Image: Aditya Joshi (Unsplash)
In 2017 the South African government announced plans to withdraw the ratification of the Rome Statute, a treaty which established the International Criminal Court (ICC), on the basis that it contradicts the country’s position on resolving conflict through peaceful resolution and promotion of dialogue. This announcement could have been sparked by the controversial decision of the South African government refusing to arrest former Sudanese President Omar al-Bashir when he arrived for a conference being hosted in South Africa (SA) in 2015. It has been three years and the move to depart from the ICC still remains up in the air with some analysts arguing that being a member of the ICC remains an important factor in the country’s commitment to human rights and international law while others argue that the court is no longer suited to achieve these commitments.
SA is not the only African country to consider leaving the ICC; The Gambia, Burundi, Kenya, Uganda and Namibia have all announced plans to remove themselves from the obligations of the ICC. This narrative is very different to the one which existed in 2002, when the Court was first established, and which saw the international community agree to a set of rules and principles that would strengthen international justice. In more recent years there has been growing criticism by African countries, of the role which the ICC has played on the continent. Many leaders have denounced the court as having an unfair bias when dealing with African countries as the cases have disproportionately involved African individuals. Leaders have also questioned the intentions of the ICC as to whether it exists as a further extension of the colonial authority of western states or if it is based on more idealistic values of human rights and criminal justice. Whatever the considerations are for the continued recognition of the ICC or the alternate rejection of its authority, and no matter the strength of the political bias toward the Africa argument, the pursuit of reconciliation and justice for the African people should always remain a priority for the continent’s leaders.
The reiteration of the commitment by African states to international humanitarian law, protection of human rights and preservation of human life is enforced by the African Union’s (AU) Peace and Security Council (PSC). This organ of the AU was created as a continental structure to foster and facilitate initiatives which support and promote stability among member nations and within member nations. Adopted around the same time as the ICC was established, the PSC has also come to be seen as a structure which gives African countries more agency in the pursuit of international criminal justice, in addition to reducing the dependency of Africa on western structures to achieve its goals and objectives.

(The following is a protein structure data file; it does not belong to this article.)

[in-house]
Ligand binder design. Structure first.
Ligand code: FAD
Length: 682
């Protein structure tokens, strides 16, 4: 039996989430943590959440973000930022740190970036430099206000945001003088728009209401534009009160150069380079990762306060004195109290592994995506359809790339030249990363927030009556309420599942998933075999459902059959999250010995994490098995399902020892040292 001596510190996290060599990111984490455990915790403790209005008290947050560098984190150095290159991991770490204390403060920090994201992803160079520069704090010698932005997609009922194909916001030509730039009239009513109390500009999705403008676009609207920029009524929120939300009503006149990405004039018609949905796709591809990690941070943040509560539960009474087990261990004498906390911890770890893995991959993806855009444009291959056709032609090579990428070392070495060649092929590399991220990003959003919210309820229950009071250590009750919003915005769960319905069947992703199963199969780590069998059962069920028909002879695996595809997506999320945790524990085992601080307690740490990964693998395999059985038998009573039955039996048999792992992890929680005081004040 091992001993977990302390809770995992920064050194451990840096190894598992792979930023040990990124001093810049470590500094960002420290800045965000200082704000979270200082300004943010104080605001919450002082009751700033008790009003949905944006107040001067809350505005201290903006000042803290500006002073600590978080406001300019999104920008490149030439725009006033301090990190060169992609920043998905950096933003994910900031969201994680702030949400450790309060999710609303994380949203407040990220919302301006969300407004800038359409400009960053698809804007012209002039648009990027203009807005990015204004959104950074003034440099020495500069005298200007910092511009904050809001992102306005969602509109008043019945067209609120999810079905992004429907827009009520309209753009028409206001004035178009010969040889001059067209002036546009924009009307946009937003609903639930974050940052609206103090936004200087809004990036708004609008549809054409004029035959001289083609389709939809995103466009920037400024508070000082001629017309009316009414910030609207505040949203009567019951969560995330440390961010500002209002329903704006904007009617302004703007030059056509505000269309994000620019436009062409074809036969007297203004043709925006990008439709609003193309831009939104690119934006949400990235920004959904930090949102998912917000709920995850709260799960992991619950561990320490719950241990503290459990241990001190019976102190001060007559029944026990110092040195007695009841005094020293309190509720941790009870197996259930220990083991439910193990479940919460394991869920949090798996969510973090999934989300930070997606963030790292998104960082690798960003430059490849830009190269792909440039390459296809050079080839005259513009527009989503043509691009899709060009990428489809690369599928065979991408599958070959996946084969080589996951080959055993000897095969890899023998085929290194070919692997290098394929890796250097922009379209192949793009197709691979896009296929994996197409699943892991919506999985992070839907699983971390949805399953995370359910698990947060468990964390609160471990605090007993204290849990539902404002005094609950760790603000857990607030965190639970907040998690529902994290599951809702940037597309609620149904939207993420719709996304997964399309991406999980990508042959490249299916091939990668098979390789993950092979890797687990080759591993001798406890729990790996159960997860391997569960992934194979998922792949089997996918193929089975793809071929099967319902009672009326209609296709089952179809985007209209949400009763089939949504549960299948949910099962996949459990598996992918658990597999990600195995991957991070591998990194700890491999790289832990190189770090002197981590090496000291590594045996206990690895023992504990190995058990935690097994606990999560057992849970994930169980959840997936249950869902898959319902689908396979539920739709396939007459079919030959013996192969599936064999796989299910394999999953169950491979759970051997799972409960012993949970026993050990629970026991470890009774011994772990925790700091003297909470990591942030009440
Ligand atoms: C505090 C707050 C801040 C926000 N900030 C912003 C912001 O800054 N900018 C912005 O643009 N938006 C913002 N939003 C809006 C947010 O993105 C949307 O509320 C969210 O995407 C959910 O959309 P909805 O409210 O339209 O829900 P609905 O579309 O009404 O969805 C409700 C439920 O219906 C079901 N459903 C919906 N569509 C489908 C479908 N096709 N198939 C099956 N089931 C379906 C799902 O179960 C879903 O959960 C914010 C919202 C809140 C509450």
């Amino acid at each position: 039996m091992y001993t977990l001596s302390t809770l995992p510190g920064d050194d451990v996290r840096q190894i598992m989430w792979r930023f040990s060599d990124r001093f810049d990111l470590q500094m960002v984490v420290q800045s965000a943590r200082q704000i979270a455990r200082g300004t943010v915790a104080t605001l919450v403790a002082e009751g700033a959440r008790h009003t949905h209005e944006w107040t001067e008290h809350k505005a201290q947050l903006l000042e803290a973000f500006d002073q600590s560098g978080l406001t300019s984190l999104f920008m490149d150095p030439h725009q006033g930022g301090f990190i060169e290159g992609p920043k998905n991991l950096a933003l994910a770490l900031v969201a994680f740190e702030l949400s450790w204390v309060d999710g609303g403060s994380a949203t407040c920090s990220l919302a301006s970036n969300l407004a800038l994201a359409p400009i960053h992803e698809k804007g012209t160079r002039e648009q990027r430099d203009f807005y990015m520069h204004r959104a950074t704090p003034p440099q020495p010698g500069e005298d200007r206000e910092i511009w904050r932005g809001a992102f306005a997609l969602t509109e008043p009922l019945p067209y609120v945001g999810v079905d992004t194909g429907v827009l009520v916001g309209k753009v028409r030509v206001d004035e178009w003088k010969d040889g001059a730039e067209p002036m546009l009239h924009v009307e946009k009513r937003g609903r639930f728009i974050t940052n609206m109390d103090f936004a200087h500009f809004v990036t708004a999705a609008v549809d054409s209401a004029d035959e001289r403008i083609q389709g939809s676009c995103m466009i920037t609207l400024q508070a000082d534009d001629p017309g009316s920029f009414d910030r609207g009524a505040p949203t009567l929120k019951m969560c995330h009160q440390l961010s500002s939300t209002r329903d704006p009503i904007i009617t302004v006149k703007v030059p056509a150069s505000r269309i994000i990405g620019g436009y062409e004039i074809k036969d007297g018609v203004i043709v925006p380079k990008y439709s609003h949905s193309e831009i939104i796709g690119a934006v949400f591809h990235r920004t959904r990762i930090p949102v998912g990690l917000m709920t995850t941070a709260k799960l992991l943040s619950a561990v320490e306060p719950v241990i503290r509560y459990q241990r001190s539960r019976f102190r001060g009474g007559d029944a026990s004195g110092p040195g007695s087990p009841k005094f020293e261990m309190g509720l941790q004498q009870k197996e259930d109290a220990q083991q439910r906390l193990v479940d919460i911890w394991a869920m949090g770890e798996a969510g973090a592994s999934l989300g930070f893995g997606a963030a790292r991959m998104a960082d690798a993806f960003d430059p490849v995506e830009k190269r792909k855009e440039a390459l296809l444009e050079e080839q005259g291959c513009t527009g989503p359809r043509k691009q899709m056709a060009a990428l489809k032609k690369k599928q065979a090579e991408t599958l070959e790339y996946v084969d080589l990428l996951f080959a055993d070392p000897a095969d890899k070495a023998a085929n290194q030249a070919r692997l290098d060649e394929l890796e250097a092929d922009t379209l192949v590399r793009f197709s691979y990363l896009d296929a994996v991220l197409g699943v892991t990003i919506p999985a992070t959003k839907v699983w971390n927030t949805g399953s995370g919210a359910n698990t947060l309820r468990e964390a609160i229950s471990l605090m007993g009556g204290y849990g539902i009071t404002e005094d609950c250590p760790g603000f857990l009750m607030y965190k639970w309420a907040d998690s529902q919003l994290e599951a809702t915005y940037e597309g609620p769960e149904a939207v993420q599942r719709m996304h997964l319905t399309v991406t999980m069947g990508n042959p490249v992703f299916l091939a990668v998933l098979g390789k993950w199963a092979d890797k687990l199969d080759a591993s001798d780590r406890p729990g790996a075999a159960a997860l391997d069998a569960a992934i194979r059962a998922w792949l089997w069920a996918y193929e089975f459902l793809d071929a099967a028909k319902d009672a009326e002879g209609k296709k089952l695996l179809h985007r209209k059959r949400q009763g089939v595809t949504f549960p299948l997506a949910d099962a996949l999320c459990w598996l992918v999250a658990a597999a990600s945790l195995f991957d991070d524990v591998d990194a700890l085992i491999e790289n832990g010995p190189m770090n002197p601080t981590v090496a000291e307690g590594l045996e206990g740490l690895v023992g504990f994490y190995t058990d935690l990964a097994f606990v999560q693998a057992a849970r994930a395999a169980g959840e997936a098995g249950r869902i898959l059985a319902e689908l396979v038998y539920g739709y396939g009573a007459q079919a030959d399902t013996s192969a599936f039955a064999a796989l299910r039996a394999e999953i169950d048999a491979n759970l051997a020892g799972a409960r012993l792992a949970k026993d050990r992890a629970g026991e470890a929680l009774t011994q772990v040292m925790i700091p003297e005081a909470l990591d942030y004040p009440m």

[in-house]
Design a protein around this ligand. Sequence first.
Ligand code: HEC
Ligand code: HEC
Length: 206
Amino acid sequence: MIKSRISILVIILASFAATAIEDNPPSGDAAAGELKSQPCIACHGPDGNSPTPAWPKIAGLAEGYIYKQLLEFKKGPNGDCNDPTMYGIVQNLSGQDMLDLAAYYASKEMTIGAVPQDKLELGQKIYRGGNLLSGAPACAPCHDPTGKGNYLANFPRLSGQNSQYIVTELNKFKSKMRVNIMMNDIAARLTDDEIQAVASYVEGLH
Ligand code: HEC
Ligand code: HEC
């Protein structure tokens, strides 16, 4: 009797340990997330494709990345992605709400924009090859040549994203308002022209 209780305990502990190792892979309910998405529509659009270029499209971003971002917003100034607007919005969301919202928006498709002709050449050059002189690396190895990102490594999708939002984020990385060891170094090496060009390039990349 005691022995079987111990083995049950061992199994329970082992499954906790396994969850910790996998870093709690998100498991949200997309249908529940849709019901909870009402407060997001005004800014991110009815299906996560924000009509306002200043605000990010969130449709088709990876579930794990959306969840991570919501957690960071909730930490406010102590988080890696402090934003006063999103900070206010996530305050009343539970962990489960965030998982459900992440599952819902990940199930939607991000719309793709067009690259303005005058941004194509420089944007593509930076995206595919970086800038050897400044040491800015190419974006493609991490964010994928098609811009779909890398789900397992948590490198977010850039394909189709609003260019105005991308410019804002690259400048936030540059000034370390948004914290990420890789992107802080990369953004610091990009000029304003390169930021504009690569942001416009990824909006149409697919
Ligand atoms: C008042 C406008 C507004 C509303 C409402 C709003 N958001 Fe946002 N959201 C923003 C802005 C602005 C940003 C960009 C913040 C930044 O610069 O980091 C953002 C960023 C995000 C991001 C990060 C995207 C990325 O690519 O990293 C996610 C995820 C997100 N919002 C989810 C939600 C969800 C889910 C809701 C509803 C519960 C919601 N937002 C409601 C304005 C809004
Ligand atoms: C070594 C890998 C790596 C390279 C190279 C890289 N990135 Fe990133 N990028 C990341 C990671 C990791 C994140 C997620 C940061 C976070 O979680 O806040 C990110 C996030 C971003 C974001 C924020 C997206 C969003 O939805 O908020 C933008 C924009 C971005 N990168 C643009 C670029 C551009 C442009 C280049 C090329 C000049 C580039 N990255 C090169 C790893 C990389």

Given the regional and international frameworks which exist to advance international justice, why then does the continent appear to be failing when it comes to bringing those responsible for gross human rights violations to justice? Considering SA’s response to the case of Omar al-Bashir or even its relations with neighbouring Zimbabwe it would appear that African states simply lack the political will, required to bring those most responsible to justice. That isn’t to say that there aren’t important legal implications or complex relations to consider when deciding to enforce the law but rather that the factors driving these decisions appear to be based on a culture of diplomatic impunity as opposed to democratic freedoms and peaceful dialogue. While African leaders are justified in their criticism of the ICC and the structures which govern it, they cannot ignore the responsibility of upholding human rights and freedoms of the African people. If an individual or individuals commit crimes against African people then there is a duty to bring these persons to justice. Through various regional and local structures Africa has clearly committed to the principles of humanitarian law and international justice and now it remains up to the continent to clearly define how it will enforce these principles and what structures will exist to ensure that no gross violation of African people’s rights goes unpunished.
Kaamillah Soeker has recently completed a Masters Degree at the Wits School of Governance in Public and Development Management. She is interested in Policy Analysis of South Africa and the African continent.